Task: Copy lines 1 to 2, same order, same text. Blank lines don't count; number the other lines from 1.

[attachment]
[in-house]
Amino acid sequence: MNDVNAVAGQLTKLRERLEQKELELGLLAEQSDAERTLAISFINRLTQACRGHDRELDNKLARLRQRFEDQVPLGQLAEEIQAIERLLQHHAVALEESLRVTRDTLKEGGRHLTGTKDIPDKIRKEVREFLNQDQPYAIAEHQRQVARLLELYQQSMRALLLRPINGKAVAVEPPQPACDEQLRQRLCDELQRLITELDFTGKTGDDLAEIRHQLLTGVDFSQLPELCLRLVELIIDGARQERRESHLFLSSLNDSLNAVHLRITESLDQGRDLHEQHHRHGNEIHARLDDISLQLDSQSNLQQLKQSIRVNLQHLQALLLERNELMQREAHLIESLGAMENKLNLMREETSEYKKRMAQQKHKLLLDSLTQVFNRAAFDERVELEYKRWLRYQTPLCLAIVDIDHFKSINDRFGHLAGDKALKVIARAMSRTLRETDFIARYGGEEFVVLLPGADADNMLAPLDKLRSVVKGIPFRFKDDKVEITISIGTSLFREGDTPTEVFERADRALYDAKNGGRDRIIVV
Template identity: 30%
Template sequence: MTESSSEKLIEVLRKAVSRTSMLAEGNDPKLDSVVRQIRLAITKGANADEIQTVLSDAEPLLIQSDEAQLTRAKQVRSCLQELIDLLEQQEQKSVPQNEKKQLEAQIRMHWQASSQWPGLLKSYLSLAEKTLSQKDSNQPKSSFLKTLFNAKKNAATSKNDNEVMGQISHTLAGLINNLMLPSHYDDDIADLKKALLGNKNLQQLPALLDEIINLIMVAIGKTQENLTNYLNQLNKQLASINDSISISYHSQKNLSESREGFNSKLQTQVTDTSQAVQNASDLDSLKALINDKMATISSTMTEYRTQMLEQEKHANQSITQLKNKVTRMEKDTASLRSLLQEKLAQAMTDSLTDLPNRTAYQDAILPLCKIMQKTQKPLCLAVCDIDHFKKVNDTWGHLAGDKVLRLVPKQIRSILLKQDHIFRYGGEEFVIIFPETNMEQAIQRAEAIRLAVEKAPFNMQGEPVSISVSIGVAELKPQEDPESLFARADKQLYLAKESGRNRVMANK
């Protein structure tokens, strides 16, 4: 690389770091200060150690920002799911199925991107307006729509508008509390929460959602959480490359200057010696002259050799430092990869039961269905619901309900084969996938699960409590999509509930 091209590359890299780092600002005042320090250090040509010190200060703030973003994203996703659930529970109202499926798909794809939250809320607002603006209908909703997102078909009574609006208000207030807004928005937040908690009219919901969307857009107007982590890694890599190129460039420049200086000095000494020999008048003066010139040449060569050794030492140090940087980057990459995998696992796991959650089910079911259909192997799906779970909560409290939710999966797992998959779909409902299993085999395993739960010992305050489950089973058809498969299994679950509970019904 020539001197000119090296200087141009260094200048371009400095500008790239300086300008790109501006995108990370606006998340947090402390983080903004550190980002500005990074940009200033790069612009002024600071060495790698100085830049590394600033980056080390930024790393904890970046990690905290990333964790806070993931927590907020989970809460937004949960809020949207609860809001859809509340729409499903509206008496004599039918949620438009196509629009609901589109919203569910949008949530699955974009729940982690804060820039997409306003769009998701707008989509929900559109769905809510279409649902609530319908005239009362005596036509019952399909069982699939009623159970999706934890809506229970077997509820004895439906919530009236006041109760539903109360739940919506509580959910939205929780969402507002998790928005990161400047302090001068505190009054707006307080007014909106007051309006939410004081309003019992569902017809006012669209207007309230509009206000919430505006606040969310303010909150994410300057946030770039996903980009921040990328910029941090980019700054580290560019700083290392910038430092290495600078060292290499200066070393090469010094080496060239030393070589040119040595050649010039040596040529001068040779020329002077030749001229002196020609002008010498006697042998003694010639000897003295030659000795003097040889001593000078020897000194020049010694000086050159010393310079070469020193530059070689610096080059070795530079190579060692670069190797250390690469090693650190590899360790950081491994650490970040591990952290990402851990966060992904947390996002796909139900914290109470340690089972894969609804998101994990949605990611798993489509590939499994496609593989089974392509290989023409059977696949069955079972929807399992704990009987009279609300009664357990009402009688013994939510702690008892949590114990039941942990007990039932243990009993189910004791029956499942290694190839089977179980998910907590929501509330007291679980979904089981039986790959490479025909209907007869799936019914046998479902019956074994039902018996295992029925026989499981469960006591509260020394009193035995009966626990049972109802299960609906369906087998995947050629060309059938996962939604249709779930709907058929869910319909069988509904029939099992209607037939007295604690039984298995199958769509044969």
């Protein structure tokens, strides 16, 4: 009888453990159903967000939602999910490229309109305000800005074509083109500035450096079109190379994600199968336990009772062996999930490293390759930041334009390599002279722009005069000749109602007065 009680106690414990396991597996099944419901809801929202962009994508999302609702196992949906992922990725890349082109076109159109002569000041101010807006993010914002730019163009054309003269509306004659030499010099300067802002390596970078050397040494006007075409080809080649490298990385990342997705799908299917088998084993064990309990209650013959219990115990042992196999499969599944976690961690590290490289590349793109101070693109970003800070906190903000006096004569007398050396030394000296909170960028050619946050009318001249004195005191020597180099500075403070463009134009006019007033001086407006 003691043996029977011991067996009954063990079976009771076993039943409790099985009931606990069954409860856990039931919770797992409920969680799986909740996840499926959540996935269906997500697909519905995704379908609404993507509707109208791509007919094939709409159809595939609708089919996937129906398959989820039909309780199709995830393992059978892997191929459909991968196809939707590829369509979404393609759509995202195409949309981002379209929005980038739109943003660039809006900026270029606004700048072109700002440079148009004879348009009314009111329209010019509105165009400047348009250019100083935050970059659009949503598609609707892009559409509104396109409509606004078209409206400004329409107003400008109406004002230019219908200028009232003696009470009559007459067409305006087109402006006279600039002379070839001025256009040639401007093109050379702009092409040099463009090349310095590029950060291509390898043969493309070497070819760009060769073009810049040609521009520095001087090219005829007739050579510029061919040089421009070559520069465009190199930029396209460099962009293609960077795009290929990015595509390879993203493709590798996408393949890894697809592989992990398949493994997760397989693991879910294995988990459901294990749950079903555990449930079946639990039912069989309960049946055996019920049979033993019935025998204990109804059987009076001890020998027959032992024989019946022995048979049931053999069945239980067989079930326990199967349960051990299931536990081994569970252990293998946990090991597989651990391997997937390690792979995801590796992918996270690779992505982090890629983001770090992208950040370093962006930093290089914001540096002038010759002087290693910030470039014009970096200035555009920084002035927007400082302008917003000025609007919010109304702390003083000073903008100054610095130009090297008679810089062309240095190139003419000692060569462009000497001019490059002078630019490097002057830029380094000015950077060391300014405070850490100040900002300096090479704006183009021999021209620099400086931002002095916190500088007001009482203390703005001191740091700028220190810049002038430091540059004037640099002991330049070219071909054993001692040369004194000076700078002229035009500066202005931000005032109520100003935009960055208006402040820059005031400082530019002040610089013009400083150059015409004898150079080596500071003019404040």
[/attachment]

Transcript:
[in-house]
Amino acid sequence: MNDVNAVAGQLTKLRERLEQKELELGLLAEQSDAERTLAISFINRLTQACRGHDRELDNKLARLRQRFEDQVPLGQLAEEIQAIERLLQHHAVALEESLRVTRDTLKEGGRHLTGTKDIPDKIRKEVREFLNQDQPYAIAEHQRQVARLLELYQQSMRALLLRPINGKAVAVEPPQPACDEQLRQRLCDELQRLITELDFTGKTGDDLAEIRHQLLTGVDFSQLPELCLRLVELIIDGARQERRESHLFLSSLNDSLNAVHLRITESLDQGRDLHEQHHRHGNEIHARLDDISLQLDSQSNLQQLKQSIRVNLQHLQALLLERNELMQREAHLIESLGAMENKLNLMREETSEYKKRMAQQKHKLLLDSLTQVFNRAAFDERVELEYKRWLRYQTPLCLAIVDIDHFKSINDRFGHLAGDKALKVIARAMSRTLRETDFIARYGGEEFVVLLPGADADNMLAPLDKLRSVVKGIPFRFKDDKVEITISIGTSLFREGDTPTEVFERADRALYDAKNGGRDRIIVV